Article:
About nine-tenths of this debt comprises mortgages and Mr Osborne may regard new rules which require lenders to inquire much more deeply into applicants’ ability to meet their payments as a satisfactory restraint, though his further extension of the Funding-for-Lending scheme suggests he wants total mortgage lending to increase still further.
There are no new curbs, beyond bank prudence, on unsecured lending, mostly through credit cards, and that too is expected to grow from about £160 billion now to £168bn.
The economic effect, Mr Osborne hopes, is to boost housing construction and keep the consumers buying, which helps retailing and many other sectors of the economy. It may do that in the short-term, but in the medium to long term, as we know from the financial crisis, debt-fuelled growth can turn out to be illusory when a shock occurs.
The shock could well be a rise in interest rates, puncturing what looks like a housing price bubble, especially in the London area, and rendering much credit card borrowing unrepayable. Such a rise is bound to come. The only questions are when and by how much.
We’ll see how much he is willing to risk that problem arising tomorrow. What the economy really needs is a sustained effort to encourage more business investment to create a lot of higher-income and more value-adding jobs, making the economy a lot less prone to boom-and-bust cycles. But businesses, don’t have votes.
And on our own local vote-winning trail at the weekend, following different paths of course, were Johann Lamont and Ruth Davidson, respectively the Scottish Labour and Conservative leaders. Ms Lamont’s interview in Scotland on Sunday indicated that she wanted to use any enhanced power over income tax for Holyrood to increase the top rate on £150,000 plus earners to redistribute wealth.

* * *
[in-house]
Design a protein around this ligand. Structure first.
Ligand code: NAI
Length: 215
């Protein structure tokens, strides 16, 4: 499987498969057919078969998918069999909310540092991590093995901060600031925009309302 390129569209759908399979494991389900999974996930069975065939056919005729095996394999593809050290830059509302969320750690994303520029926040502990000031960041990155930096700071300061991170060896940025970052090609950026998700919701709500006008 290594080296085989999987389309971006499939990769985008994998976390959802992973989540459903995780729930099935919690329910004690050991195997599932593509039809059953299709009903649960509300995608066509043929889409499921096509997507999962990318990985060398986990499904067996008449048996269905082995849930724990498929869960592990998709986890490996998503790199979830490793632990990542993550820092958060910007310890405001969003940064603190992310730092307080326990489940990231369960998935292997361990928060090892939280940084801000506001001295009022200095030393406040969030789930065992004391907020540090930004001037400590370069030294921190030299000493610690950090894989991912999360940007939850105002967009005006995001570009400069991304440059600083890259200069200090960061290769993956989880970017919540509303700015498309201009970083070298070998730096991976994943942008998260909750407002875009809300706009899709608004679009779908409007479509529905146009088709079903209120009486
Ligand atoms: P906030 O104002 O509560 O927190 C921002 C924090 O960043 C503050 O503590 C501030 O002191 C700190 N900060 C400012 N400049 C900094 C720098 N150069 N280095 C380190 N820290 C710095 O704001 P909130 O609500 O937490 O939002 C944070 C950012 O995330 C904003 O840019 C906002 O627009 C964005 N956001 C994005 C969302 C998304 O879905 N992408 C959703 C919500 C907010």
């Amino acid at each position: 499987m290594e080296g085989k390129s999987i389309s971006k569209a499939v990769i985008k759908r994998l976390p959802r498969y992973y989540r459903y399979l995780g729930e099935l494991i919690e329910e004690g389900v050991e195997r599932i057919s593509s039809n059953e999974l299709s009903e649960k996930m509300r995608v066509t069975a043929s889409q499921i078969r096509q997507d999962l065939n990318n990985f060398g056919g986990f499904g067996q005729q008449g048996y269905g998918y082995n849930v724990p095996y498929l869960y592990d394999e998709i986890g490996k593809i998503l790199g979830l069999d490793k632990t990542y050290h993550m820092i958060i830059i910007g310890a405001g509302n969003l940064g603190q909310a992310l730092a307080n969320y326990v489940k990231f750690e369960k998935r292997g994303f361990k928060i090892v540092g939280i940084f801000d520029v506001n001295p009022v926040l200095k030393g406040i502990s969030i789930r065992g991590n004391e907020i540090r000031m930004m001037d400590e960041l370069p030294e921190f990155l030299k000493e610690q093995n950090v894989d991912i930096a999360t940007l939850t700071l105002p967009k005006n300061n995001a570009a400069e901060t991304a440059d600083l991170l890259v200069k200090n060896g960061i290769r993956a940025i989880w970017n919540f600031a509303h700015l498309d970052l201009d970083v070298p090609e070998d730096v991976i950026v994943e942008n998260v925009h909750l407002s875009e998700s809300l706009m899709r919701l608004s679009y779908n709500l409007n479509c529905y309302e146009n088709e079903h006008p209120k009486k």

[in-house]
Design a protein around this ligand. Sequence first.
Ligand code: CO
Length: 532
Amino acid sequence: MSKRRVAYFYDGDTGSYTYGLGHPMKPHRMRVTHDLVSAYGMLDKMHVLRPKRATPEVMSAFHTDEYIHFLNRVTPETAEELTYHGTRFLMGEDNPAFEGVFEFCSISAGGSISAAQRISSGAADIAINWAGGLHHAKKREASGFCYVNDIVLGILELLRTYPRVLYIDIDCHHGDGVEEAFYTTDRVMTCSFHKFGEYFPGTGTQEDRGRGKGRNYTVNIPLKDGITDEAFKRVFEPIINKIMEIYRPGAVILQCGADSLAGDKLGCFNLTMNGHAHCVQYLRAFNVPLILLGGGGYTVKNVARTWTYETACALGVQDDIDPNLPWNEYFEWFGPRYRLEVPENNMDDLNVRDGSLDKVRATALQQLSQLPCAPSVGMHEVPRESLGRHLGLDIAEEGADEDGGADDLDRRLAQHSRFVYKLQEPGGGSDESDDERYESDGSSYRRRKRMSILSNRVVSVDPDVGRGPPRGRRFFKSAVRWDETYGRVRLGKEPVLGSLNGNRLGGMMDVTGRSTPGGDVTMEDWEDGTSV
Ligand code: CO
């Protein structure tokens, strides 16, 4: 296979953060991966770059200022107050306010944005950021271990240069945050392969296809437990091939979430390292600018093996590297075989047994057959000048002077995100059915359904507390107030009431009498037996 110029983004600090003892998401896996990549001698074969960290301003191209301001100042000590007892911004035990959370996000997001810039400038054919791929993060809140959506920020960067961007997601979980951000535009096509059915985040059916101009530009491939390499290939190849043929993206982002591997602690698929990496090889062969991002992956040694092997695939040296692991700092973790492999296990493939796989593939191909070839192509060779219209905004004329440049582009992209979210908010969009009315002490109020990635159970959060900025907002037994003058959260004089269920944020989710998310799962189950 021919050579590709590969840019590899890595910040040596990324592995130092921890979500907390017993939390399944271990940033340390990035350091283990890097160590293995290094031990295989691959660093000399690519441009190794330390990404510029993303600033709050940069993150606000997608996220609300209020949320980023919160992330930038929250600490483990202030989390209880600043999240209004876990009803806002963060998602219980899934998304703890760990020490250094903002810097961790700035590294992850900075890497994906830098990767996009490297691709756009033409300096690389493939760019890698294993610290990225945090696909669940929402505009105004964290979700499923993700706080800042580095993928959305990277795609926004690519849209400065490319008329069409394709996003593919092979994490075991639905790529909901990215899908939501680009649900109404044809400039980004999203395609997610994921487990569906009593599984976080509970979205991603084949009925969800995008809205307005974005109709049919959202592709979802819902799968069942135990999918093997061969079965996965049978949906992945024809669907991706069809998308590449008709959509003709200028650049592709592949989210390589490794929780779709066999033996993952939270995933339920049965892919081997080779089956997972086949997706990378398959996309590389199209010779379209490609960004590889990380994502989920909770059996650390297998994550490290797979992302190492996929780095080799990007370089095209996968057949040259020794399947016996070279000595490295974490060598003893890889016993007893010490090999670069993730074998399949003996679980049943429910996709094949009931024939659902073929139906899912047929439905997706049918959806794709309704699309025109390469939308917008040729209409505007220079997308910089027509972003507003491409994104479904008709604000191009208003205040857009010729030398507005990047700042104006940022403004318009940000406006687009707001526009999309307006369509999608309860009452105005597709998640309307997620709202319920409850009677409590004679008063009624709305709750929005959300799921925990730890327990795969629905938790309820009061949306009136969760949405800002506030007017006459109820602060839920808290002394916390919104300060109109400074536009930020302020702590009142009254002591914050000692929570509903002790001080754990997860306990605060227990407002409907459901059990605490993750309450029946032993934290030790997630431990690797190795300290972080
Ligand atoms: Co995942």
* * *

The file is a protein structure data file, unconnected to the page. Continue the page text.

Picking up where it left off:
In Labour Party terms I can see why she might want to do that. Much of Labour’s vote has haemorrhaged to the SNP because of growing anger at perceived income unfairness between rich and poor. Contrasting this Labour agenda against the SNP business tax cuts agenda might bring back a lot of that vote, even though it could ultimately do a lot of economic damage.
Ms Davidson, in her party conference speech, said she would bring back prescription charges, but only for income-earners above an unspecified level, and to pay for 1,000 more nurses. Again, in Tory party terms, I can see her reasoning. It counters claims that the Tories are the party of unfairness, NHS privatisers, etc.
But both leaders seem to be forgetting that there is a referendum to be won or lost before any election. The SNP agenda of promising to cut taxes and raise spending in an independent Scotland may lack coherence, but it is a formula which has won them an outright majority at Holyrood.
Independence is a harder sell, but Ms Lamont and Ms Davidson may just have made it a bit easier. If what they have said is boiled down, and the SNP is expert at doing that, their message appears to be that staying in the union means more taxes and charges. Better but worse off together.
That’s a winning platform? Generally, voters prefer to hear about how they will have more, not less, money in their pockets as I suspect Mr Osborne will demonstrate tomorrow.